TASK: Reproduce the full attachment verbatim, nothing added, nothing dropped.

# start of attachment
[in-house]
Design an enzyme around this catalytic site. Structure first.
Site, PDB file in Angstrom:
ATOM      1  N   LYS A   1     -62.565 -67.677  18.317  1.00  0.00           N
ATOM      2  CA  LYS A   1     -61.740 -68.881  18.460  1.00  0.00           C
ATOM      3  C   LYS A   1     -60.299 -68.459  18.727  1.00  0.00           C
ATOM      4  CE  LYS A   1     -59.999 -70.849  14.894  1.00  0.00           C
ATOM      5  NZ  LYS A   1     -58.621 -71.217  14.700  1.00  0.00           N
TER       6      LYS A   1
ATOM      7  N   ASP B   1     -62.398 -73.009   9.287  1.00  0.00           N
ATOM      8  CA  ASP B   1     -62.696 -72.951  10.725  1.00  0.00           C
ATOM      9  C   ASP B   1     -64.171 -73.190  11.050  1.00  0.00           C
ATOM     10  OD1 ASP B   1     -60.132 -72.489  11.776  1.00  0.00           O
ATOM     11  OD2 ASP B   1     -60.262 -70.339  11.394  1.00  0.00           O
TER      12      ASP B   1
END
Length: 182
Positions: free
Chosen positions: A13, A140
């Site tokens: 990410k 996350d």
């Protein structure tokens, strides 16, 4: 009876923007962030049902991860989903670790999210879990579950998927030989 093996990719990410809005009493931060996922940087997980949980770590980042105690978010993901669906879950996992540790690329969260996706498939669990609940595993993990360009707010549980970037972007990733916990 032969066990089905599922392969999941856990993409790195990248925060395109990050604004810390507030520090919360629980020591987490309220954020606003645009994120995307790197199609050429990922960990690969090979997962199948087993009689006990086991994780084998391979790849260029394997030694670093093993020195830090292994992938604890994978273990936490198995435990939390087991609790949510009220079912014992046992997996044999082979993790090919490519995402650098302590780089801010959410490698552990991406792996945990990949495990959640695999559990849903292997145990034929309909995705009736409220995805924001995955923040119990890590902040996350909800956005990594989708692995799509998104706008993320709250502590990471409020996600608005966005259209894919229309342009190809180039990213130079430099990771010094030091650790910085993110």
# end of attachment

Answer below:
[in-house]
Design an enzyme around this catalytic site. Structure first.
Site, PDB file in Angstrom:
ATOM      1  N   LYS A   1     -62.565 -67.677  18.317  1.00  0.00           N
ATOM      2  CA  LYS A   1     -61.740 -68.881  18.460  1.00  0.00           C
ATOM      3  C   LYS A   1     -60.299 -68.459  18.727  1.00  0.00           C
ATOM      4  CE  LYS A   1     -59.999 -70.849  14.894  1.00  0.00           C
ATOM      5  NZ  LYS A   1     -58.621 -71.217  14.700  1.00  0.00           N
TER       6      LYS A   1
ATOM      7  N   ASP B   1     -62.398 -73.009   9.287  1.00  0.00           N
ATOM      8  CA  ASP B   1     -62.696 -72.951  10.725  1.00  0.00           C
ATOM      9  C   ASP B   1     -64.171 -73.190  11.050  1.00  0.00           C
ATOM     10  OD1 ASP B   1     -60.132 -72.489  11.776  1.00  0.00           O
ATOM     11  OD2 ASP B   1     -60.262 -70.339  11.394  1.00  0.00           O
TER      12      ASP B   1
END
Length: 182
Positions: free
Chosen positions: A13, A140
């Site tokens: 990410k 996350d």
């Protein structure tokens, strides 16, 4: 009876923007962030049902991860989903670790999210879990579950998927030989 093996990719990410809005009493931060996922940087997980949980770590980042105690978010993901669906879950996992540790690329969260996706498939669990609940595993993990360009707010549980970037972007990733916990 032969066990089905599922392969999941856990993409790195990248925060395109990050604004810390507030520090919360629980020591987490309220954020606003645009994120995307790197199609050429990922960990690969090979997962199948087993009689006990086991994780084998391979790849260029394997030694670093093993020195830090292994992938604890994978273990936490198995435990939390087991609790949510009220079912014992046992997996044999082979993790090919490519995402650098302590780089801010959410490698552990991406792996945990990949495990959640695999559990849903292997145990034929309909995705009736409220995805924001995955923040119990890590902040996350909800956005990594989708692995799509998104706008993320709250502590990471409020996600608005966005259209894919229309342009190809180039990213130079430099990771010094030091650790910085993110």